Drag racing an SUV may have seemed rather silly a few years ago. But these days, automakers and producing some of the fastest, most powerful sport-utes and crossovers the world has ever known.
They still might not handle like sports cars when the road turns all bendy, but in a straight line, they’ll burn rubber with the best of ’em. So which is the quickest?
Leave it to the blokes at CarWow to find out. And they’ve lined up a spectacular array of high-powered, high-riding machinery for this drag race, and brought a camera or two to capture it all.
In the left lane is an electric vehicle – but not just any electric vehicle. This is the Tesla Model X P100D, a $140k piece of circuitry with the electric equivalent of 762 horsepower (568 kW) and 791 lb-ft (1,072 Nm) of torque on tap. With Ludicrous Mode engaged, it’ll run to 60 in under three seconds.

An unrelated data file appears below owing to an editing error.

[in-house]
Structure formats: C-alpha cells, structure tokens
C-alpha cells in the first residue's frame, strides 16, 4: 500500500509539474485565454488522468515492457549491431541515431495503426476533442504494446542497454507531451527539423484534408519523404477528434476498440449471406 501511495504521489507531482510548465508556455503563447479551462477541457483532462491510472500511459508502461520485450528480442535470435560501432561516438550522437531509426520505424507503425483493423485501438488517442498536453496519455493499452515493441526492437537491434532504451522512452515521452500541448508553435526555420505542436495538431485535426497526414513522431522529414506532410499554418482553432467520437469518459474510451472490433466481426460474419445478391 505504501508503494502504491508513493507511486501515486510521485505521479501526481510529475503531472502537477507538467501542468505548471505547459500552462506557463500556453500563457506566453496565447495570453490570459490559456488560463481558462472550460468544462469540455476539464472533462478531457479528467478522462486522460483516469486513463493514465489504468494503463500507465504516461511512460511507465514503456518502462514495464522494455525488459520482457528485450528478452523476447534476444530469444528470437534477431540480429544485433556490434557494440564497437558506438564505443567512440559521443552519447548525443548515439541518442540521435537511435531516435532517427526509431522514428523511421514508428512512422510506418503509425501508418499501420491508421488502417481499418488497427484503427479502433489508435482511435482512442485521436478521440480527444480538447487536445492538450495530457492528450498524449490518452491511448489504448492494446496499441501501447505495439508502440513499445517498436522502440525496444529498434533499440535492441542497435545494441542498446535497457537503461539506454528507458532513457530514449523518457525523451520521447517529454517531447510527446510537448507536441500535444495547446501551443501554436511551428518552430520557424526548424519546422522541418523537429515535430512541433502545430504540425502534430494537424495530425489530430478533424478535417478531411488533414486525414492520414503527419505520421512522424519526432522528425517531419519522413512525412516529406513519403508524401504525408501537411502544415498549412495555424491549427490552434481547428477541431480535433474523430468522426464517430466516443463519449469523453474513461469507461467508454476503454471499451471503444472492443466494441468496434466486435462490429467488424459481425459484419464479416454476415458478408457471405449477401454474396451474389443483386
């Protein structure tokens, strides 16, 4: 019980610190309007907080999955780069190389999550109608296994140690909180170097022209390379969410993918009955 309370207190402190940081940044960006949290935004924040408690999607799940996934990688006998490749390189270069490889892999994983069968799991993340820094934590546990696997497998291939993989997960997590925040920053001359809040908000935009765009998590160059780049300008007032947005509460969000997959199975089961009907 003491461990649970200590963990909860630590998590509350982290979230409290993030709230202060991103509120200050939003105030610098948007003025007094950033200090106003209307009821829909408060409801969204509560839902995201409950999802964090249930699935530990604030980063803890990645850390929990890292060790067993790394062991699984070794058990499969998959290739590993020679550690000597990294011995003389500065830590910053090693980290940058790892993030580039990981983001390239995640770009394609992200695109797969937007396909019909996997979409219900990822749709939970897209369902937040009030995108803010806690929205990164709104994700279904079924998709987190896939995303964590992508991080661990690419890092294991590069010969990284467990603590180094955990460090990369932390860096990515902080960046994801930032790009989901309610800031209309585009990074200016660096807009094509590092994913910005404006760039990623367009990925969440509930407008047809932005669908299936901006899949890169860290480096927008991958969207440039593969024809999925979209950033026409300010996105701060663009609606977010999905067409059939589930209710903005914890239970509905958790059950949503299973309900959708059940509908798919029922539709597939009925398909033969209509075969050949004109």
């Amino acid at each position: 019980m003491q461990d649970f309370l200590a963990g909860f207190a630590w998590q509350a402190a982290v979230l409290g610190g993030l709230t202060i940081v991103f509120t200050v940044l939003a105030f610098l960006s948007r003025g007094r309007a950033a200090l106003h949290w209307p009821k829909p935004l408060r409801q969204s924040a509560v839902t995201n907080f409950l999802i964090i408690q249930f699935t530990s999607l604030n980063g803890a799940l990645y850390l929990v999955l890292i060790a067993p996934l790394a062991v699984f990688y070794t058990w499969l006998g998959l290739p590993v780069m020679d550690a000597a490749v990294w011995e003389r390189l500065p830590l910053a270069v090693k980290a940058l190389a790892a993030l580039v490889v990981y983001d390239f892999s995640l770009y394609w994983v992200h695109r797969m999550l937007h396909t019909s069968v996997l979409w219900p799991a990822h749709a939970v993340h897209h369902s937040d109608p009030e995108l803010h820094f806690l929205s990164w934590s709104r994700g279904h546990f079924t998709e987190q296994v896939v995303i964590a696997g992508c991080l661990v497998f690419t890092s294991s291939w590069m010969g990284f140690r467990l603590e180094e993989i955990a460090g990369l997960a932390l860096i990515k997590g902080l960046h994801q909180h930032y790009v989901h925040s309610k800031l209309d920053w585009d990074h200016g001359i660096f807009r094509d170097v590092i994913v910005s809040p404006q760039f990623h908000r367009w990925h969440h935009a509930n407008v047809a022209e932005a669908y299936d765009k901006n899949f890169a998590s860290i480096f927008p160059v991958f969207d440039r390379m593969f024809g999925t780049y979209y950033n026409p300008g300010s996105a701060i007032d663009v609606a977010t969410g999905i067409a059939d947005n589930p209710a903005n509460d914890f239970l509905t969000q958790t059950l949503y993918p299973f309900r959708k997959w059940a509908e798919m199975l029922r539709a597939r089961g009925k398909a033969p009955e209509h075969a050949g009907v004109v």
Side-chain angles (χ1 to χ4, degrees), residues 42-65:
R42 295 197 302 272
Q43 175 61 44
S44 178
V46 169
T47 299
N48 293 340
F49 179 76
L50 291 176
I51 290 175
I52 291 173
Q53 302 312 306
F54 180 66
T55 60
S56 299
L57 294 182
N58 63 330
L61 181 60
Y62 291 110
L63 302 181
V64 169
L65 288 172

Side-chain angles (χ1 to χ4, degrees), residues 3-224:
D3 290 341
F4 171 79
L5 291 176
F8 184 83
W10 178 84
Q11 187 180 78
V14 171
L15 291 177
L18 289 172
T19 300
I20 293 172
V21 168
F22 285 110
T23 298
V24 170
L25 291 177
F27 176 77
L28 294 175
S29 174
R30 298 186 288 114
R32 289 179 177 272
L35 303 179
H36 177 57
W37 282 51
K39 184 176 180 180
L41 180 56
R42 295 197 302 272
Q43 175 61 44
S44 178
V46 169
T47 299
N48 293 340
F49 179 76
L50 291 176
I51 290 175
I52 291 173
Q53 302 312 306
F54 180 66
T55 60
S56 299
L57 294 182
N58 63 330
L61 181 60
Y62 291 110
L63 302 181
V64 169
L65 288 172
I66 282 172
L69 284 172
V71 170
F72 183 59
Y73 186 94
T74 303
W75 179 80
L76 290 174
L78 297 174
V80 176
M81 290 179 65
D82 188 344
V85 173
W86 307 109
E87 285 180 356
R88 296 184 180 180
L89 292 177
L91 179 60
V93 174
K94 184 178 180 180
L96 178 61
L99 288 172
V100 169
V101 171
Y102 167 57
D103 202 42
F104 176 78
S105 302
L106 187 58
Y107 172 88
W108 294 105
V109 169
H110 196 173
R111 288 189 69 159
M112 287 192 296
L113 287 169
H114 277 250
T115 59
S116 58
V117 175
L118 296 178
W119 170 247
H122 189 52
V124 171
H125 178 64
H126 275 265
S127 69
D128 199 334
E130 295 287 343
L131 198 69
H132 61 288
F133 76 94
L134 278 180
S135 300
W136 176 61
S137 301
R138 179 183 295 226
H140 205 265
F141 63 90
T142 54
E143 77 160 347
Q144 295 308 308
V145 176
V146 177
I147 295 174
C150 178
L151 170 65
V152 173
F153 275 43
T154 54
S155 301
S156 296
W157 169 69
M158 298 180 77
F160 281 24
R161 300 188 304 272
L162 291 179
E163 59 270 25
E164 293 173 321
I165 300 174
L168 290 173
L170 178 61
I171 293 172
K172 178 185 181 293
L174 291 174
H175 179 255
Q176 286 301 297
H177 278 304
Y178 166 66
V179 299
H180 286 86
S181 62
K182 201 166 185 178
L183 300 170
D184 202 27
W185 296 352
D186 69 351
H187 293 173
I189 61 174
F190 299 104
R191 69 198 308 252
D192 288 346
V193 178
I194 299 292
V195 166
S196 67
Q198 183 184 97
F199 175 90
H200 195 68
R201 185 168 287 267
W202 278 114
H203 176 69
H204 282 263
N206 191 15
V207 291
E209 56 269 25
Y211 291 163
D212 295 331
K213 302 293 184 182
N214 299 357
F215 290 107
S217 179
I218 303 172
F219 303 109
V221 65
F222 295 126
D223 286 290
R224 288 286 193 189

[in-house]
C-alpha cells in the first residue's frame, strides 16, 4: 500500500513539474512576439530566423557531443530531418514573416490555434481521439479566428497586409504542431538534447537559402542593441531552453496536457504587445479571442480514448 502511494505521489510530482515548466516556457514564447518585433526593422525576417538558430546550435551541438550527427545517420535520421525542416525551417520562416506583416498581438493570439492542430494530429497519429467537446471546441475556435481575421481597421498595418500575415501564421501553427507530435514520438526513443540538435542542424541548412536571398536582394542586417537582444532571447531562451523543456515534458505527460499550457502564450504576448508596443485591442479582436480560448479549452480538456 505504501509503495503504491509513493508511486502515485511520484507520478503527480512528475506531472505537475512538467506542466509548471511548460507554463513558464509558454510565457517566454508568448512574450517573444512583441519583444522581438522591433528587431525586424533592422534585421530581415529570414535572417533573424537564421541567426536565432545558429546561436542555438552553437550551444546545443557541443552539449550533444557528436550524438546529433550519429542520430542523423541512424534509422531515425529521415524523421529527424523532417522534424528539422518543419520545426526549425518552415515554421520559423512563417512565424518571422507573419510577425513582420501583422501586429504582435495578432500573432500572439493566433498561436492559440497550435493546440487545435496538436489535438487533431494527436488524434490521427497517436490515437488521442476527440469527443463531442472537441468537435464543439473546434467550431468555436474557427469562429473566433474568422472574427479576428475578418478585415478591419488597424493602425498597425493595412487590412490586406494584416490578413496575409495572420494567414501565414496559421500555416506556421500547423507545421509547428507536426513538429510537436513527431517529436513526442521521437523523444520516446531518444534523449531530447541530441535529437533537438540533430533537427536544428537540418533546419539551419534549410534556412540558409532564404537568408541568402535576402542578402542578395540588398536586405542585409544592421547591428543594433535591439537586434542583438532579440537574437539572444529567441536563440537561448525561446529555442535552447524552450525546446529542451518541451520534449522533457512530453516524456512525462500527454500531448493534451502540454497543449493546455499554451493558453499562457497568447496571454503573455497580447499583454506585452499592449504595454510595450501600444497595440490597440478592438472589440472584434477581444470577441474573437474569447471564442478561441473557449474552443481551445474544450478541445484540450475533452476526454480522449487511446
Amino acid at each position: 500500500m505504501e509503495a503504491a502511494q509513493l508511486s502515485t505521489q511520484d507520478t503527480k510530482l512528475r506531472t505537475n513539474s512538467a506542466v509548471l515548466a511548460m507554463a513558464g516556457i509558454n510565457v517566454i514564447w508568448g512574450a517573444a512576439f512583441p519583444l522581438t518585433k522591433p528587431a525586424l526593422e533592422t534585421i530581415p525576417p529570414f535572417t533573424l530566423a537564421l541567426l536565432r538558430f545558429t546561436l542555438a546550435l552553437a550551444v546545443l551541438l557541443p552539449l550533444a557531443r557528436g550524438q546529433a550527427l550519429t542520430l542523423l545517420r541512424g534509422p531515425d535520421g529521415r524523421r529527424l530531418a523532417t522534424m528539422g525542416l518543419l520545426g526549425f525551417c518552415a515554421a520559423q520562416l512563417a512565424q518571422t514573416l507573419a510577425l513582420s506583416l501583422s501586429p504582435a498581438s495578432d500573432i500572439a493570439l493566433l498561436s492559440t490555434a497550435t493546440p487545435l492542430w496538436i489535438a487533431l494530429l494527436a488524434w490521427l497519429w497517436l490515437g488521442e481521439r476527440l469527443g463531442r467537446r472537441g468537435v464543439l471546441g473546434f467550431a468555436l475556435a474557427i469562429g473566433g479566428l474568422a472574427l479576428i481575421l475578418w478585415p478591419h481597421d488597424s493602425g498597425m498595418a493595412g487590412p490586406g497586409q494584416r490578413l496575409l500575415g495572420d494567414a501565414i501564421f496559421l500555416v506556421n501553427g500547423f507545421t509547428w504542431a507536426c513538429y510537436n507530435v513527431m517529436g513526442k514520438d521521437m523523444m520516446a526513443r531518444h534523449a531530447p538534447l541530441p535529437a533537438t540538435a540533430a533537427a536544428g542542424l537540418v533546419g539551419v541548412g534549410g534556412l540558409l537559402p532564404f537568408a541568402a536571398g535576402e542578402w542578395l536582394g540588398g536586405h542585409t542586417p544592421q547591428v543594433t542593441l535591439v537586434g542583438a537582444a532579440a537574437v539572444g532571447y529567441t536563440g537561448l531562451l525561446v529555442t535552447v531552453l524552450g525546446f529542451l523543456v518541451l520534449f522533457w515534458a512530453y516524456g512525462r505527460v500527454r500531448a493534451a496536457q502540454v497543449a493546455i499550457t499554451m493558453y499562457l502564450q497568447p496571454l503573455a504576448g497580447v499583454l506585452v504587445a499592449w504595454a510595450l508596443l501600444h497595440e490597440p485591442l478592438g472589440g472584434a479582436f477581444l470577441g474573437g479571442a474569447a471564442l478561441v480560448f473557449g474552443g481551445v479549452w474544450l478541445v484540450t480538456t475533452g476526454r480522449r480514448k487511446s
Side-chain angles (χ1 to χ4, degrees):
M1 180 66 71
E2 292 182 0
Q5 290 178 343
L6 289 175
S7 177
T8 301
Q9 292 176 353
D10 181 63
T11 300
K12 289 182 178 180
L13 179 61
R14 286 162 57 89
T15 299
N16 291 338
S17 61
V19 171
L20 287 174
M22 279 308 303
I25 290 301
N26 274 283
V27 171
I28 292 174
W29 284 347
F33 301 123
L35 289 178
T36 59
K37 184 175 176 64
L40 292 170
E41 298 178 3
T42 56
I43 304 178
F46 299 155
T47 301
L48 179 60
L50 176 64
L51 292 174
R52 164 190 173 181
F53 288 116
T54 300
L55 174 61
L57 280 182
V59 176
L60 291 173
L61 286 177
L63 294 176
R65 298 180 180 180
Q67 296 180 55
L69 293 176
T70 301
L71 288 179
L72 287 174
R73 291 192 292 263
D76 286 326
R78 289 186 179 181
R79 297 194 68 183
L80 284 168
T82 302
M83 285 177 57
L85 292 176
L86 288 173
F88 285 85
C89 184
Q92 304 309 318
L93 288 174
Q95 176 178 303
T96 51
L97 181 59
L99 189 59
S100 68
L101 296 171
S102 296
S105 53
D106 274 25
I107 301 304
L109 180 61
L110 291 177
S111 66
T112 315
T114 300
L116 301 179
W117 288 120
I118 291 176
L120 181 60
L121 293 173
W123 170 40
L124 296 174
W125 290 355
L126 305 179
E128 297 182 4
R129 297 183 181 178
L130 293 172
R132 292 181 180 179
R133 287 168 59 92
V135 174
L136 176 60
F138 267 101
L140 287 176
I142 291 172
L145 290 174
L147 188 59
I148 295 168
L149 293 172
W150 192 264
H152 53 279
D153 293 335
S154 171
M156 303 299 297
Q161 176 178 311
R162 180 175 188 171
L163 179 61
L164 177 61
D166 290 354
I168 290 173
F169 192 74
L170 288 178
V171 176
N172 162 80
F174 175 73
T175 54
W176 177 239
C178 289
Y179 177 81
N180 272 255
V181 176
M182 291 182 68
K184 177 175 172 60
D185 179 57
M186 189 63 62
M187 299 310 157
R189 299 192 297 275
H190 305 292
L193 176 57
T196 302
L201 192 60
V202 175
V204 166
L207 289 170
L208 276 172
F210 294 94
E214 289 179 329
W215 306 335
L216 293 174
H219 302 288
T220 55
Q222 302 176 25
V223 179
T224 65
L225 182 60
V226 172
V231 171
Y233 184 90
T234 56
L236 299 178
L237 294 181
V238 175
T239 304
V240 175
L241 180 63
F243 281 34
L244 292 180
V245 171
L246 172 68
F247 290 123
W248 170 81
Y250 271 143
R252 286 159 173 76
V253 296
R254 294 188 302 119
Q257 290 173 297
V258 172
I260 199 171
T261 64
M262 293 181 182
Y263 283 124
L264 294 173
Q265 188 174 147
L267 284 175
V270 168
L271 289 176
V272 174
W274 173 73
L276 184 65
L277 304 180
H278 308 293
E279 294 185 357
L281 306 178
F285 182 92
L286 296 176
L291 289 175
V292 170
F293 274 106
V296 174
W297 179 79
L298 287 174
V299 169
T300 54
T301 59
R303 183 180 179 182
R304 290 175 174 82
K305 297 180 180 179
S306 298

That’s mighty quick for a crossover – electric or otherwise. But they’ve lined up some rather muscular, conventionally powered vehicles to take it on, each with a force-fed V8 under the hood. Like the Lamborghini Urus, the first crossover from the Raging Bull marque, armed with a 4.0-liter twin-turbo V8 rated at 641 hp (478 kW) and 627 lb-ft (850 Nm) to deliver a quoted 0-62 time of 3.6 seconds.
Packing a similar engine in a boxier form is the new Mercedes-AMG G63, dispatching a lower 577 hp (430 kW) and the same 627 lb-ft (850 Nm) to sprint to 62 in 4.5 seconds. And they’re joined by the Range Rover Sport SVR, whose larger 5.0-liter V8 is supercharged to the tune of 575 hp (422 kW) and 516 lb-ft (700 Nm), running to 60 in four seconds flat.
On paper, then, it seems a no-brainer. But how does that translate to the tarmac? And just how big a difference are we looking at? And does the rolling start make a difference over a standing start? You’ll want to watch the video for yourself to find out.